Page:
Me. 4S] PARNELL'S PROPOSALS
the terms of this memorandum should not be disclosed to any other person until after the introduction of the Home Eule Bill, and not then unless this Bill failed to carry out those terms; but.that if the Bill were satisfactory I should be permitted to publish the memorandum after the passing of the former into law. I would agree that instead of adopting the limit of two years as the period in which the constabulary should be disarmed and turned into a civil force, and handed over to the Irish Executive, the term might be extended to five years ; but I regard the fixing of some term of years for this in the Bill of the most vital importance. I also send you the inclosed copy of the clause of the Bill of 1886 relating to the Metropolitan Police and Constabulary. I do not think it necessary to insist upon the charge for the latter during the period of probation being paid out of the Imperial funds, as I do not wish to increase Mr. Gladstone's difficulties.
'P.S.—It should be noted that Gladstone can scarcely refuse to communicate with Mr. McCarthy on these subjects, as, in his letter to the delegates, he stated that as soon as the question of the leadership of the party was settled he would be in a position to open confidential communications again, and he has publicly acknowledged Mr. McCarthy's election as valid/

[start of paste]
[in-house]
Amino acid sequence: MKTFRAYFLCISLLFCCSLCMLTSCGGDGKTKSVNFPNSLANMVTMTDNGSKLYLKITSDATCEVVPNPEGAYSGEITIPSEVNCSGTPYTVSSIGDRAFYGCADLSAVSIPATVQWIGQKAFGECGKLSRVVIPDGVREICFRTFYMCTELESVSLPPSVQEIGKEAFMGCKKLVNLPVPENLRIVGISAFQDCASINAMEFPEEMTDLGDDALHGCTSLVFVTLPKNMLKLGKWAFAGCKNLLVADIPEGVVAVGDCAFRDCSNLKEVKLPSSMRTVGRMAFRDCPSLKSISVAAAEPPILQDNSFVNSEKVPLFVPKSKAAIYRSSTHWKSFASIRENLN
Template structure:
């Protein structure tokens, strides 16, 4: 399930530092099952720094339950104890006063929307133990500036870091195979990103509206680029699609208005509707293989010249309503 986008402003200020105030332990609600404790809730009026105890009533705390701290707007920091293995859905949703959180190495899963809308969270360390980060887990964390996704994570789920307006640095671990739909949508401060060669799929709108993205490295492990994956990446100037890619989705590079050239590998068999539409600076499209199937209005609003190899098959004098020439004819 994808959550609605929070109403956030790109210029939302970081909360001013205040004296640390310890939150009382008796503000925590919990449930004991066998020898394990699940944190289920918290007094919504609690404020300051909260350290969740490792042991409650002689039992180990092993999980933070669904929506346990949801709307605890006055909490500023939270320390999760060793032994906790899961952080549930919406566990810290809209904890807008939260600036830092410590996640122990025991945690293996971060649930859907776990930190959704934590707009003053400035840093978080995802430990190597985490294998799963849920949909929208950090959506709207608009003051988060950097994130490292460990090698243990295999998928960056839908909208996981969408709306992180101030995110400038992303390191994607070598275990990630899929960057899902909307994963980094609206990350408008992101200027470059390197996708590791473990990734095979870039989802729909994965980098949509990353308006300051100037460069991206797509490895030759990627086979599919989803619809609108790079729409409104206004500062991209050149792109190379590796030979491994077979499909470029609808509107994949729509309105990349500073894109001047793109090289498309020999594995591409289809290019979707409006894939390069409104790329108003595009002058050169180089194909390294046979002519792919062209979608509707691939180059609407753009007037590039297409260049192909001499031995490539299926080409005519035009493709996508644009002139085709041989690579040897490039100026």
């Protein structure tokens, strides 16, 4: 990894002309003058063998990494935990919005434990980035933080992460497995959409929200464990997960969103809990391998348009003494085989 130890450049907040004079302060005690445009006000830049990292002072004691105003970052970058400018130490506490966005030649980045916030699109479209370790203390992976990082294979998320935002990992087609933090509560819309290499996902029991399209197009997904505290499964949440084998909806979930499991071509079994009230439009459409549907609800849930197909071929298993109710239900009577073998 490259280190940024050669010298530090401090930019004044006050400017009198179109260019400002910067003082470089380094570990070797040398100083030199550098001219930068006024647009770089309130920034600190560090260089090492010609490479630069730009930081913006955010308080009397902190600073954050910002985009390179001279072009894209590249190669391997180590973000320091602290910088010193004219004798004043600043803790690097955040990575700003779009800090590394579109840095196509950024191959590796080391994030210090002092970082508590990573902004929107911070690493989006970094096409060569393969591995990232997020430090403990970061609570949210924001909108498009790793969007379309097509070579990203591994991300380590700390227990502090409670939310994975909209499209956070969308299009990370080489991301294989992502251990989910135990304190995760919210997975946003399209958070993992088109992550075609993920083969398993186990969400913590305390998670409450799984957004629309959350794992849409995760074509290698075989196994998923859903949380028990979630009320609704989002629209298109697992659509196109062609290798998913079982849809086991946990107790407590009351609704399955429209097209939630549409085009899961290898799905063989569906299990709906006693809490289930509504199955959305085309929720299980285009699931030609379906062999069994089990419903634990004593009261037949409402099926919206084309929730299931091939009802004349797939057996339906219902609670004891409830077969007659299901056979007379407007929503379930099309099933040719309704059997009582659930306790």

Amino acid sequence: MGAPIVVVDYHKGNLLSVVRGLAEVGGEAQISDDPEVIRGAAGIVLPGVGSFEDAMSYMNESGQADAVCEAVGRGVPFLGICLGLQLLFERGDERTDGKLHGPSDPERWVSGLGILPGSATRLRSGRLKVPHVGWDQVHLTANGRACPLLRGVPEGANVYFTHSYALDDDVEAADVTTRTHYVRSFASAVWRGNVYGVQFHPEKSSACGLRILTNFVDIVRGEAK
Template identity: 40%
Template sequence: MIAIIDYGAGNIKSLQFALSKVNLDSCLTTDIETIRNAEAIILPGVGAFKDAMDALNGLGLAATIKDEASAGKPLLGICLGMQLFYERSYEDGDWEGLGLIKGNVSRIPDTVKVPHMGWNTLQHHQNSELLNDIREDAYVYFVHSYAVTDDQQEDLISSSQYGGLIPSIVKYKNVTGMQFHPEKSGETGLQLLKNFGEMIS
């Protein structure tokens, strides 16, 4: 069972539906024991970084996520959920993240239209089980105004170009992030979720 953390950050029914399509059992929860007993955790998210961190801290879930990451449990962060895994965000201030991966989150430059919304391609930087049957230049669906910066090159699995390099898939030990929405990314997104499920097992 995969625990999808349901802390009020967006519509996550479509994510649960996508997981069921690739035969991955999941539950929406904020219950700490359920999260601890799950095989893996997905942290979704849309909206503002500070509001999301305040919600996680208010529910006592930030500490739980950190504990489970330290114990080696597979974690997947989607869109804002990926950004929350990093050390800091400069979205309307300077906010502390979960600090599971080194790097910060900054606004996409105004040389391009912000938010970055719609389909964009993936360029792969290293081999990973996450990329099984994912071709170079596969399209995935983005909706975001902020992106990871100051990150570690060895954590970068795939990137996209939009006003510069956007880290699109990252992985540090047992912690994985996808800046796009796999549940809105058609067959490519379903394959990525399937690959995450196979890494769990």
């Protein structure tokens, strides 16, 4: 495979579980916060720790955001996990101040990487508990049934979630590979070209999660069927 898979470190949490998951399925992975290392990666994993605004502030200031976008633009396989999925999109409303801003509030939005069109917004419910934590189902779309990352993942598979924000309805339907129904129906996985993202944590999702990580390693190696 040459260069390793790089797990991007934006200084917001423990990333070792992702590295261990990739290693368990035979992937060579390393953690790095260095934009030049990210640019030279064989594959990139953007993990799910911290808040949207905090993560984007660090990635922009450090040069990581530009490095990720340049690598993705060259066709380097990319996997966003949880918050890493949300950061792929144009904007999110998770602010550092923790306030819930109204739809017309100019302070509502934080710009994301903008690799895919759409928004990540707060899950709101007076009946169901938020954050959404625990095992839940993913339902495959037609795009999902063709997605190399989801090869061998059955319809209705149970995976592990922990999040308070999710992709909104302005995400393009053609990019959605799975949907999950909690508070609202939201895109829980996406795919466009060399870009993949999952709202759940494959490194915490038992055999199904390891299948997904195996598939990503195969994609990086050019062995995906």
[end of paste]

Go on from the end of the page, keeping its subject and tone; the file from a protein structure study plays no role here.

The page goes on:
It will be seen by this letter that Parnell simply held the ground which he had taken up in Committee Boom 15. There he had said : l If you sell me, see that you get value.'
The value he suggested was satisfactory assurances from the Liberal party on the subjects of them of thtwo proposals. "Ah, now," he? said, ** wo have Homo-thing Kpeetfu* to go upon. Let O'Brien come back.1' • nt tho t'ourt !!tiii«*i during that pnxtoHH who futoiutul to In* In butter huimutr or who look<ul anxious though Itu waUrlu«l ovo vory carefully twid on tlianlurt, than'it^ was a andry to nil} you